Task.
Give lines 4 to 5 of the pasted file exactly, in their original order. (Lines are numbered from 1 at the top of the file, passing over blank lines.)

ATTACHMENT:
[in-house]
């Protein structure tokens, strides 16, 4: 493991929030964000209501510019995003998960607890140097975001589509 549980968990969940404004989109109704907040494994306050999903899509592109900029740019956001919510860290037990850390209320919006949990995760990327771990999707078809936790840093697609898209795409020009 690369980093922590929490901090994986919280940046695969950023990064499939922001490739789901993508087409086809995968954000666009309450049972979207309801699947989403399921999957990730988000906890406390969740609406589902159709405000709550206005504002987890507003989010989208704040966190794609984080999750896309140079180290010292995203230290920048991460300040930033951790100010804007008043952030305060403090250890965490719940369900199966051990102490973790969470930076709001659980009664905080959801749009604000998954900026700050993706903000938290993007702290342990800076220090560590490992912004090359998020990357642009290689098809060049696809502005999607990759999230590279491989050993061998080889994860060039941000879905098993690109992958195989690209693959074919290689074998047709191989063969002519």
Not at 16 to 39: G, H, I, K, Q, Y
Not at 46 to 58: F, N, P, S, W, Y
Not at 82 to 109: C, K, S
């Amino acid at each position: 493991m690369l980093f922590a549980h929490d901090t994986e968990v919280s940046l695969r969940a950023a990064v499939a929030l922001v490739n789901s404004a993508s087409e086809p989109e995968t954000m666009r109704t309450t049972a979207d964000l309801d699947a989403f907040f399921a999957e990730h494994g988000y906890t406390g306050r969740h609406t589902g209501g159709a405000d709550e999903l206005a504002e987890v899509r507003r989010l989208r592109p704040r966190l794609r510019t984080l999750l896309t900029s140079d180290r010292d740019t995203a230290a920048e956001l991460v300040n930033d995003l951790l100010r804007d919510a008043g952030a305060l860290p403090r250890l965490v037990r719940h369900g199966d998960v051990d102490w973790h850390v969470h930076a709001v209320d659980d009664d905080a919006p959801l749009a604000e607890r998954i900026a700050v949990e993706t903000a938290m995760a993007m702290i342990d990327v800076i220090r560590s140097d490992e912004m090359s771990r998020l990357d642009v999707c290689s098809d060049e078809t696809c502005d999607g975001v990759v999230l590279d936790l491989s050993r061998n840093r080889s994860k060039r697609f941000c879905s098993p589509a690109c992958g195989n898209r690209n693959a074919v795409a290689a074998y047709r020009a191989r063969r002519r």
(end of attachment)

Not at 46 to 58: F, N, P, S, W, Y
Not at 82 to 109: C, K, S